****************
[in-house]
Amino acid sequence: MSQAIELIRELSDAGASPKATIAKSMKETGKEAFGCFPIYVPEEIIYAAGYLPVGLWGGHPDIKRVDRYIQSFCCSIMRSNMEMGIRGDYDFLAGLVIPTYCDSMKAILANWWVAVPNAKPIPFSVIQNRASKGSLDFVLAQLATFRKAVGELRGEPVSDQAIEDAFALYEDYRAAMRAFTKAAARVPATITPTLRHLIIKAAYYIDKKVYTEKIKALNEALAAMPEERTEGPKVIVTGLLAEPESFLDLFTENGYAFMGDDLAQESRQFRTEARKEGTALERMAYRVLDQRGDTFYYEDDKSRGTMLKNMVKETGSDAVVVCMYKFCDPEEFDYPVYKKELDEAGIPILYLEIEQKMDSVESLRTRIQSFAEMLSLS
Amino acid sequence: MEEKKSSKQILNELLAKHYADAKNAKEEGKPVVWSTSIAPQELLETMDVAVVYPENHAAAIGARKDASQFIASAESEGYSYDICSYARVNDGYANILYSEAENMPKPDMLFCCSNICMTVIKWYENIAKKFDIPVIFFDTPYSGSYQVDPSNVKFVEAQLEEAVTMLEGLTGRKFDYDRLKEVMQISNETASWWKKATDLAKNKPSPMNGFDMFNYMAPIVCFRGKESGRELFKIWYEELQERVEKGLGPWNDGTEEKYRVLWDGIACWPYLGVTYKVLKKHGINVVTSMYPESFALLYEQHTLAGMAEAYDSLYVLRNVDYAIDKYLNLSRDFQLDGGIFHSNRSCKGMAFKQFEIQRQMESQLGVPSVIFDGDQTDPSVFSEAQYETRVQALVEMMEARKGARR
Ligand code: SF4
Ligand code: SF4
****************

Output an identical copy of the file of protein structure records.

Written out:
[in-house]
Amino acid sequence: MSQAIELIRELSDAGASPKATIAKSMKETGKEAFGCFPIYVPEEIIYAAGYLPVGLWGGHPDIKRVDRYIQSFCCSIMRSNMEMGIRGDYDFLAGLVIPTYCDSMKAILANWWVAVPNAKPIPFSVIQNRASKGSLDFVLAQLATFRKAVGELRGEPVSDQAIEDAFALYEDYRAAMRAFTKAAARVPATITPTLRHLIIKAAYYIDKKVYTEKIKALNEALAAMPEERTEGPKVIVTGLLAEPESFLDLFTENGYAFMGDDLAQESRQFRTEARKEGTALERMAYRVLDQRGDTFYYEDDKSRGTMLKNMVKETGSDAVVVCMYKFCDPEEFDYPVYKKELDEAGIPILYLEIEQKMDSVESLRTRIQSFAEMLSLS
Amino acid sequence: MEEKKSSKQILNELLAKHYADAKNAKEEGKPVVWSTSIAPQELLETMDVAVVYPENHAAAIGARKDASQFIASAESEGYSYDICSYARVNDGYANILYSEAENMPKPDMLFCCSNICMTVIKWYENIAKKFDIPVIFFDTPYSGSYQVDPSNVKFVEAQLEEAVTMLEGLTGRKFDYDRLKEVMQISNETASWWKKATDLAKNKPSPMNGFDMFNYMAPIVCFRGKESGRELFKIWYEELQERVEKGLGPWNDGTEEKYRVLWDGIACWPYLGVTYKVLKKHGINVVTSMYPESFALLYEQHTLAGMAEAYDSLYVLRNVDYAIDKYLNLSRDFQLDGGIFHSNRSCKGMAFKQFEIQRQMESQLGVPSVIFDGDQTDPSVFSEAQYETRVQALVEMMEARKGARR
Ligand code: SF4
Ligand code: SF4